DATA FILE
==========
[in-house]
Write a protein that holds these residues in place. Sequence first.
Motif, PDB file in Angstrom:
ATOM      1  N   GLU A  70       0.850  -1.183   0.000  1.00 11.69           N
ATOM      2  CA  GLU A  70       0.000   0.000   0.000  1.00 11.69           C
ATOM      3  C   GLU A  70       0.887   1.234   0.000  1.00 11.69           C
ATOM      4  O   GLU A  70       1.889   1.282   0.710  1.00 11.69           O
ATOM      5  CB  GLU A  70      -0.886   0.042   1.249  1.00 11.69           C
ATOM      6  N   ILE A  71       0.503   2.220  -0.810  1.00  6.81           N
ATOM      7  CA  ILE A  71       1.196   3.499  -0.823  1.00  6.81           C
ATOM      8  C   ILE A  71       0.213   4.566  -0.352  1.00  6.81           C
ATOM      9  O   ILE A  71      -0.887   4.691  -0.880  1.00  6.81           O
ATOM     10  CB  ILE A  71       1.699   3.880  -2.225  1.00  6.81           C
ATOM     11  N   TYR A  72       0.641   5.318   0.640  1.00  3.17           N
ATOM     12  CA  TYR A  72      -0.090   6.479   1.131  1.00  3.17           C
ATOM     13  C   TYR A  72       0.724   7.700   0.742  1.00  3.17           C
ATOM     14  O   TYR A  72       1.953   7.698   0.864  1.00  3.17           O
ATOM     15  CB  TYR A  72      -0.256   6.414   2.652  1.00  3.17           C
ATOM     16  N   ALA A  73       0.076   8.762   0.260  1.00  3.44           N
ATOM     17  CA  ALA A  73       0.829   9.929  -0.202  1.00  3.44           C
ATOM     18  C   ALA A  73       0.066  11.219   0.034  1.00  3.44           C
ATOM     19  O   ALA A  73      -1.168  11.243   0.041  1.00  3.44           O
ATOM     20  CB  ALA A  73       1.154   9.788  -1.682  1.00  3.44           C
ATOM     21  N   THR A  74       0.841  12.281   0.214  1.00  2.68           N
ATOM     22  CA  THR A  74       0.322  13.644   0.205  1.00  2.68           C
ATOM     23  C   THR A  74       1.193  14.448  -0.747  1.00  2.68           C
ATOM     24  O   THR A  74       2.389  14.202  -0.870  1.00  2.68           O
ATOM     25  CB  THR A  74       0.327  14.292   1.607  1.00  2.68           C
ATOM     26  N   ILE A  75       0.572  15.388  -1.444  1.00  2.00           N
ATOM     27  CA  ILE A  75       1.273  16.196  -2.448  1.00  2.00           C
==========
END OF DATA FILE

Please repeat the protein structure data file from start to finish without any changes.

[in-house]
Write a protein that holds these residues in place. Sequence first.
Motif, PDB file in Angstrom:
ATOM      1  N   GLU A  70       0.850  -1.183   0.000  1.00 11.69           N
ATOM      2  CA  GLU A  70       0.000   0.000   0.000  1.00 11.69           C
ATOM      3  C   GLU A  70       0.887   1.234   0.000  1.00 11.69           C
ATOM      4  O   GLU A  70       1.889   1.282   0.710  1.00 11.69           O
ATOM      5  CB  GLU A  70      -0.886   0.042   1.249  1.00 11.69           C
ATOM      6  N   ILE A  71       0.503   2.220  -0.810  1.00  6.81           N
ATOM      7  CA  ILE A  71       1.196   3.499  -0.823  1.00  6.81           C
ATOM      8  C   ILE A  71       0.213   4.566  -0.352  1.00  6.81           C
ATOM      9  O   ILE A  71      -0.887   4.691  -0.880  1.00  6.81           O
ATOM     10  CB  ILE A  71       1.699   3.880  -2.225  1.00  6.81           C
ATOM     11  N   TYR A  72       0.641   5.318   0.640  1.00  3.17           N
ATOM     12  CA  TYR A  72      -0.090   6.479   1.131  1.00  3.17           C
ATOM     13  C   TYR A  72       0.724   7.700   0.742  1.00  3.17           C
ATOM     14  O   TYR A  72       1.953   7.698   0.864  1.00  3.17           O
ATOM     15  CB  TYR A  72      -0.256   6.414   2.652  1.00  3.17           C
ATOM     16  N   ALA A  73       0.076   8.762   0.260  1.00  3.44           N
ATOM     17  CA  ALA A  73       0.829   9.929  -0.202  1.00  3.44           C
ATOM     18  C   ALA A  73       0.066  11.219   0.034  1.00  3.44           C
ATOM     19  O   ALA A  73      -1.168  11.243   0.041  1.00  3.44           O
ATOM     20  CB  ALA A  73       1.154   9.788  -1.682  1.00  3.44           C
ATOM     21  N   THR A  74       0.841  12.281   0.214  1.00  2.68           N
ATOM     22  CA  THR A  74       0.322  13.644   0.205  1.00  2.68           C
ATOM     23  C   THR A  74       1.193  14.448  -0.747  1.00  2.68           C
ATOM     24  O   THR A  74       2.389  14.202  -0.870  1.00  2.68           O
ATOM     25  CB  THR A  74       0.327  14.292   1.607  1.00  2.68           C
ATOM     26  N   ILE A  75       0.572  15.388  -1.444  1.00  2.00           N
ATOM     27  CA  ILE A  75       1.273  16.196  -2.448  1.00  2.00           C